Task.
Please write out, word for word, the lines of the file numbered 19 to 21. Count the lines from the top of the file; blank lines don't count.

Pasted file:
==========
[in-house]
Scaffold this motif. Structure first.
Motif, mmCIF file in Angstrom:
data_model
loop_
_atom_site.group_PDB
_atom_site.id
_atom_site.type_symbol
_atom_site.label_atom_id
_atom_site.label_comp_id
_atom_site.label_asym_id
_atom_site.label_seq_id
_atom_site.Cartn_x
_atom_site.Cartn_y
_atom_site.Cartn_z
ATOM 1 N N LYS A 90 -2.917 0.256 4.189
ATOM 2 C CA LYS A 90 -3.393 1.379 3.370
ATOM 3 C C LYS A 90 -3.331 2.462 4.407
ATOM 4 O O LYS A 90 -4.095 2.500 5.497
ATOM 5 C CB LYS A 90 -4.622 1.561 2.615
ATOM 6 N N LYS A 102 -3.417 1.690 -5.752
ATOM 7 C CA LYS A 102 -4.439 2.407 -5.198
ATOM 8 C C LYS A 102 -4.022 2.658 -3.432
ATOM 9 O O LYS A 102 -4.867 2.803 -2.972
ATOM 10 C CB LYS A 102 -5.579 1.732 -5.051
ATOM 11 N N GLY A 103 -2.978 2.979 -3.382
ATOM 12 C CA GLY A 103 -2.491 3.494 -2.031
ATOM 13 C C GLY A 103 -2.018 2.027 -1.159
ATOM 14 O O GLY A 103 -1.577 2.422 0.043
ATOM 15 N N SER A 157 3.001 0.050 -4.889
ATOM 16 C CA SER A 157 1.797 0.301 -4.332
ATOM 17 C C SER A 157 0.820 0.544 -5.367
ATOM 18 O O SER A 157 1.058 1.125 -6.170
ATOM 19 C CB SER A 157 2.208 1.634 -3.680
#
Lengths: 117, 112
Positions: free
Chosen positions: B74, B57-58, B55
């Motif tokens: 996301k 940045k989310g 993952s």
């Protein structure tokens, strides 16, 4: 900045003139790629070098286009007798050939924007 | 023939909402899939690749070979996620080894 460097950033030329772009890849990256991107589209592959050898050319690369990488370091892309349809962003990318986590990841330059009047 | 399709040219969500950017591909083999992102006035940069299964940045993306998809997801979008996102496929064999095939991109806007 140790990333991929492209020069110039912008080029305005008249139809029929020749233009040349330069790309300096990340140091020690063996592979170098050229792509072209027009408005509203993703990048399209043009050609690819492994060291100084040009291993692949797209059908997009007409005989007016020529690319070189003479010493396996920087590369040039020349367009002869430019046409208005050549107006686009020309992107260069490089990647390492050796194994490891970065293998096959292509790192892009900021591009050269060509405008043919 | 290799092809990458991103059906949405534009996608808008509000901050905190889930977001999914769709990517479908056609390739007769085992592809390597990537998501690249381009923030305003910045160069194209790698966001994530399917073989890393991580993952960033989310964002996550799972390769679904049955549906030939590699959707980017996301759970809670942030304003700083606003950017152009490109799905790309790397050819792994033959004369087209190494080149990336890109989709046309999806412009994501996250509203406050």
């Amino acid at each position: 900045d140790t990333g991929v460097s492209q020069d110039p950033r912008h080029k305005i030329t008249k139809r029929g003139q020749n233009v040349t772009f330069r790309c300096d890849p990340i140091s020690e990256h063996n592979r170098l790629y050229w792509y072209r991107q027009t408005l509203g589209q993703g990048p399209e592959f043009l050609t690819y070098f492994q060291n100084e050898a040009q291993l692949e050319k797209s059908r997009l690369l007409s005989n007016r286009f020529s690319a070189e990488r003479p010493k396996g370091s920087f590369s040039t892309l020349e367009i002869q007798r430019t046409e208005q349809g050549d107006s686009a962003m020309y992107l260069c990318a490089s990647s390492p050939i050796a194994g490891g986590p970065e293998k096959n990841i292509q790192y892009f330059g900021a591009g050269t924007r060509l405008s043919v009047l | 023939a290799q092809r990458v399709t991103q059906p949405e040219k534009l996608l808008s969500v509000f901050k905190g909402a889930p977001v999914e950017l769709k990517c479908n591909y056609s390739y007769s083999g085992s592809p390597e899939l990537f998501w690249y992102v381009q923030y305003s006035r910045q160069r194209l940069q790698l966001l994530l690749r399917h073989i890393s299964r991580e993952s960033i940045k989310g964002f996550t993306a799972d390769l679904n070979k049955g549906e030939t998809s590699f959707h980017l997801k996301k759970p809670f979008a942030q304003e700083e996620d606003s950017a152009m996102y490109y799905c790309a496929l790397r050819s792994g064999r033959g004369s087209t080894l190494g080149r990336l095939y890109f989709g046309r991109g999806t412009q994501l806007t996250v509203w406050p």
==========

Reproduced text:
ATOM 4 O O LYS A 90 -4.095 2.500 5.497
ATOM 5 C CB LYS A 90 -4.622 1.561 2.615
ATOM 6 N N LYS A 102 -3.417 1.690 -5.752